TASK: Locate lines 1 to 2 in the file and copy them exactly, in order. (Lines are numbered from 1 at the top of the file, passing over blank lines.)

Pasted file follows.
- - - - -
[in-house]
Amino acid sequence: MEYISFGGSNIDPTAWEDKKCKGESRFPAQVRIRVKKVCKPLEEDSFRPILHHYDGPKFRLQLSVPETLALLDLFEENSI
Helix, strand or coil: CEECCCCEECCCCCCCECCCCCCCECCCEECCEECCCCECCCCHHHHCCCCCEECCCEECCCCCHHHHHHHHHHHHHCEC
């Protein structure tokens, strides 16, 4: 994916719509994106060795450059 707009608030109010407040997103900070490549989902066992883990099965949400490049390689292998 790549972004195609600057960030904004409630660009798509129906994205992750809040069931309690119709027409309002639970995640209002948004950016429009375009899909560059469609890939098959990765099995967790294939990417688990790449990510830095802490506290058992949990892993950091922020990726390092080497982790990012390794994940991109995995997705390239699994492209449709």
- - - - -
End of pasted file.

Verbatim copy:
[in-house]
Amino acid sequence: MEYISFGGSNIDPTAWEDKKCKGESRFPAQVRIRVKKVCKPLEEDSFRPILHHYDGPKFRLQLSVPETLALLDLFEENSI